I know that it must be looking inside of the text-based file formats because the Discworld PDFs don’t have those words in the filename.  So, I decided to try the Strigi search program in case it I needed that to specify MP3 metadata.  Here’s what I got:

Impotent Strigi-client
Impotent Strigi-client

None of the buttons appear to do – when I press them nothing happens.  When I type to search it doesn’t even find as much as NEPOMUK and Dolphin.  If I’m doing something wrong, feel free to let me know.

So now I move to looking at Kopete.  As you know, I recently switched to Empathy from Pidgin.  I didn’t find it to be immensely better, but I liked the theming and the Gnome integration.  What I don’t like about Kopete off the bad is that it’s a lot harder than in Empathy to tell people’s status if you allow their buddy icon to show.

Kopete buddy-list

I’m still not a huge fan of how the away status is separate from the message.  It’s quite a bit trickier to tell what’s going on with that.  However, given the decrease in the use of the status message due to the rise of micro-blogging, it’s not as important.  Most of the time a simple away is fine.  I just wish it were more intuitive if I *did* want to put a message.  Finally, unlike Empathy, it does not have Facebook integration.  With Chokoq I didn’t mind it as much because most of the time I don’t keep up that much with Facebook statuses.  Although I don’t have that many friends, I have enough of them that I can’t read them all or that’s all I’d be doing all day.  But I *do* want Facebook chat.  At lot of people I know, especially older people, only have a FB account.  They don’t have AIM or Gmail or the others.  So it’s the only way I can talk to them.  So, Kopete guys – let’s get some Facebook chat going on!

For IRC I’ve been using Konversation.  I find that it works just as well as Xchat-Gnome.  I use IRC here and there so I’m not too picky about my IRC client.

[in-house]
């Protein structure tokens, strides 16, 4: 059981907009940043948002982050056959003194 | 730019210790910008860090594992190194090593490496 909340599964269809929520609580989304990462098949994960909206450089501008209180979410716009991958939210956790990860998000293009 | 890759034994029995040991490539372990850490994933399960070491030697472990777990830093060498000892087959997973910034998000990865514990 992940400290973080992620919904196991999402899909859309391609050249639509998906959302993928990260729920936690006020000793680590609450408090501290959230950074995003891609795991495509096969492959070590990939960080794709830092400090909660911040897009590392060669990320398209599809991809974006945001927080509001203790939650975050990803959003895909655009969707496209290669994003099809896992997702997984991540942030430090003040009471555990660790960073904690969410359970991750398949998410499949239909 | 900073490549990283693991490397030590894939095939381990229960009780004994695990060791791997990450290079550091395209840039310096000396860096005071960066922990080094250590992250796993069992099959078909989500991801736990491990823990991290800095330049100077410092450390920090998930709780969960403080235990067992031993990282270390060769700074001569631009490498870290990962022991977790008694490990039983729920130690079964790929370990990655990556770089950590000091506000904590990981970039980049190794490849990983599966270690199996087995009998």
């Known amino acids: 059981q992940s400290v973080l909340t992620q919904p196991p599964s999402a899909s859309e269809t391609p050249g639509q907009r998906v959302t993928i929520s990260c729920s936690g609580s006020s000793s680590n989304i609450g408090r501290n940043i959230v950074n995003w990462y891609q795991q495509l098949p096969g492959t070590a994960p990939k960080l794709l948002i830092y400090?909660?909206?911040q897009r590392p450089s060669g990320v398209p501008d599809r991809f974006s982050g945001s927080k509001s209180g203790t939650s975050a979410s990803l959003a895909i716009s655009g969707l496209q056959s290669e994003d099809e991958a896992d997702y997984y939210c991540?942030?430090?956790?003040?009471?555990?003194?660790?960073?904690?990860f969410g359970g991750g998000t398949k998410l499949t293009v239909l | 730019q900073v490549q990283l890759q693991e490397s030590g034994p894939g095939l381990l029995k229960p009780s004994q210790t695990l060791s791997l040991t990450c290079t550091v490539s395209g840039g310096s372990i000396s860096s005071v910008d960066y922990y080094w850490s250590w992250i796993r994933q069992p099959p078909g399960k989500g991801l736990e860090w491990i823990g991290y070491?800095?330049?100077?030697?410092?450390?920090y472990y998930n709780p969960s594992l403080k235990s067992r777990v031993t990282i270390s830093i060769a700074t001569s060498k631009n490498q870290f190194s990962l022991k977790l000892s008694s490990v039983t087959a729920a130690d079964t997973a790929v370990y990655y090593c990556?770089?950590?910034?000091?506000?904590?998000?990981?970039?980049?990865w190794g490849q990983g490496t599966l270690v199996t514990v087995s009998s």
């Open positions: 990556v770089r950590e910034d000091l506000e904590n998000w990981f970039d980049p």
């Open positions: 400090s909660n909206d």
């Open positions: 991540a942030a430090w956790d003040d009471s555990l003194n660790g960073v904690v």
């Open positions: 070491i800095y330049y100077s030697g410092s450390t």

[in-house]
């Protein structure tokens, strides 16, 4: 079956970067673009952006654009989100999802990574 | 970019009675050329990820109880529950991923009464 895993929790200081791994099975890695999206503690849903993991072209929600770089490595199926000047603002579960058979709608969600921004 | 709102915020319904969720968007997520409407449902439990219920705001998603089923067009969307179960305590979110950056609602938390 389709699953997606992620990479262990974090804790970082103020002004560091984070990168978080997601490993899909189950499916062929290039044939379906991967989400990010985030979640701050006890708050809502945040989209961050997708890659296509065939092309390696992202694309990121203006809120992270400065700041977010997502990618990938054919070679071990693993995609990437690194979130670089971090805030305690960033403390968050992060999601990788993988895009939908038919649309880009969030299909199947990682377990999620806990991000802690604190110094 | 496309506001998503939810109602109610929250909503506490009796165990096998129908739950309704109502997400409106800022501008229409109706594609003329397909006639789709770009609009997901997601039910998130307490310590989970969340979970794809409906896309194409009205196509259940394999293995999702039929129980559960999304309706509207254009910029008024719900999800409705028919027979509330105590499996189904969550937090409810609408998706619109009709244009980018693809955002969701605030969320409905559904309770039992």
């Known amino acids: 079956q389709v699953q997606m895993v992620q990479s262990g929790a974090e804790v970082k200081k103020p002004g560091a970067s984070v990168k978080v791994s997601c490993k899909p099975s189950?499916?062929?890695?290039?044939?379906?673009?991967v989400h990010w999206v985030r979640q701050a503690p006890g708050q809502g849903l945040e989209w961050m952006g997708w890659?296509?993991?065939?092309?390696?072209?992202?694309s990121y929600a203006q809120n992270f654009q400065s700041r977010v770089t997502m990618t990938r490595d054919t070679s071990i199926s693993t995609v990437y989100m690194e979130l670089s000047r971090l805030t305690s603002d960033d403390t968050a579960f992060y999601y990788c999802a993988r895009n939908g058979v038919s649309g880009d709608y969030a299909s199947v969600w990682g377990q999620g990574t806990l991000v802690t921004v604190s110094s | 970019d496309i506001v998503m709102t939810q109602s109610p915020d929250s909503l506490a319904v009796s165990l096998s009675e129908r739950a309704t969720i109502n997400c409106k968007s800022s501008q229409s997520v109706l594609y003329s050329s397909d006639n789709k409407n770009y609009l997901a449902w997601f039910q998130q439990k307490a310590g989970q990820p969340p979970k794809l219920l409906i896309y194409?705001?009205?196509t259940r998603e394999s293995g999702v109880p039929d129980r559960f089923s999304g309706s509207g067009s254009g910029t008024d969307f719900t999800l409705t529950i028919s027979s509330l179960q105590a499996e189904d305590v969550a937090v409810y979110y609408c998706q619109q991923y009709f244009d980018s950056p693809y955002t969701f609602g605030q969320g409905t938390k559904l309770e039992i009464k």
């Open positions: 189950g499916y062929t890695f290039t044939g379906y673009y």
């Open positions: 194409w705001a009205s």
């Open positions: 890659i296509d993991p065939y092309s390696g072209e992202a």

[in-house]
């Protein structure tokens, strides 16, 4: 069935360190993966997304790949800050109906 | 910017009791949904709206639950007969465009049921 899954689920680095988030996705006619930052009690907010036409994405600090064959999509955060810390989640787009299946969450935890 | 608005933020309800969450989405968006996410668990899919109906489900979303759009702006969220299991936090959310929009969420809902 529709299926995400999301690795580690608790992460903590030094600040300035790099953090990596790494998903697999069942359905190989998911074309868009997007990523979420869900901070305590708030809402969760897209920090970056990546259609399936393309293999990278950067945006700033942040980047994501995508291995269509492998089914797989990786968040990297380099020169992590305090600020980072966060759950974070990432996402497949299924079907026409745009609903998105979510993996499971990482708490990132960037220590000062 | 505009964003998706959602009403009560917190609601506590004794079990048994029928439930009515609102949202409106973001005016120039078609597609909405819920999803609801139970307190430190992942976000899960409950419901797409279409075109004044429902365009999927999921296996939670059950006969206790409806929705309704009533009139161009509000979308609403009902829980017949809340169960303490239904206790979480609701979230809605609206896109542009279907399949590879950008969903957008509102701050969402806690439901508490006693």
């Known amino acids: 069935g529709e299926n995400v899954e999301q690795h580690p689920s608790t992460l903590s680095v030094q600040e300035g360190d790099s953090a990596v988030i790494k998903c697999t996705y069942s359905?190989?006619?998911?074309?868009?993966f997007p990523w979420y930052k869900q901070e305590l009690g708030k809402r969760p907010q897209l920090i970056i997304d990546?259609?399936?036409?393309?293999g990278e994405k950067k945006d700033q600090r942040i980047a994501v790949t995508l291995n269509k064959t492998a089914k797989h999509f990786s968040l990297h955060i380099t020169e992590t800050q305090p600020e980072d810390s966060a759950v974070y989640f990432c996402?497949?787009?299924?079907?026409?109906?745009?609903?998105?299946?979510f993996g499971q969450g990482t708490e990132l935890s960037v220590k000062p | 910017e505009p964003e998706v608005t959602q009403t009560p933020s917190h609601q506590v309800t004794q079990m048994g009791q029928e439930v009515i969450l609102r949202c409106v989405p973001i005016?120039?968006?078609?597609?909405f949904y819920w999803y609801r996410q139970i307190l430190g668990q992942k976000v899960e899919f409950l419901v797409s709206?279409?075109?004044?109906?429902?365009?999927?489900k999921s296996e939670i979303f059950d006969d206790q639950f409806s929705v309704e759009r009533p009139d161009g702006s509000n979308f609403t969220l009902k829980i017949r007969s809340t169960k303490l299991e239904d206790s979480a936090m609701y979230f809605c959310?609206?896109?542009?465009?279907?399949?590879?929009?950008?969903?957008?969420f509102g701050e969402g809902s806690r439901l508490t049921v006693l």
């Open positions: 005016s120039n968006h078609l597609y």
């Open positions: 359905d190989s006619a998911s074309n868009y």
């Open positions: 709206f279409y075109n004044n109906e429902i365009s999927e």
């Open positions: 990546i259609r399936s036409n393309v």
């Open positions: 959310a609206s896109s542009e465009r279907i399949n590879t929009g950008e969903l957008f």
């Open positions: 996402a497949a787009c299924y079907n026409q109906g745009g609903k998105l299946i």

Konversation in KDE 4.5
Konversation in KDE 4.5

There’s only one issue with Konversation.  With both Xchat-Gnome and Konversation I have it setup to auto-log me in (provide password) and sign into the rooms I always go into.  Yet, with Konversation it adds me to the rooms BEFORE it authenticates my nick.  So I’m always dumped into -unauthorized and then have to rejoin Fedora.  So I have to do some research to see if I can set a delay or something.

I’m enjoying Plasmoids.  They’re definitely neater than SuperKaramba – especially since they’re so integrated into everything.  I added both of the [default installated] weather plasmoids to see which one I’d like.  I ended up with some interesting results.

Weather Plasmoids
Weather Plasmoids

They’re both using wetter.com and they both have exactly the same city listed.  The one on the right is correct.  The one on the left is….very much not.  Anyway, I have some exploration to do over time to figure out which Plasmoids are useful and something I’d like to keep on the desktop.

I haven’t gotten into activities yet.  So far I haven’t seen a need for it, but that doesn’t mean I won’t in the future.

Kpackagekit appears to be set to find updates a lot more often than Gnome’s Packagekit.  I’ve certainly updated more in this week than I have in Gnome.  And I know that the Gnome one doesn’t check that often because there’ve been times when Pup hasn’t alerted me but when I do a yum check-update I see that there are updates to install.  I like it although I think it’d be nice if they also used the package metaphor to help keep it nice and easy to see what’s installed or selected to be installed.  Otherwise it’s been a pleasure using it to do installations.  It actually appears to search the repos more quickly than the Gnome version.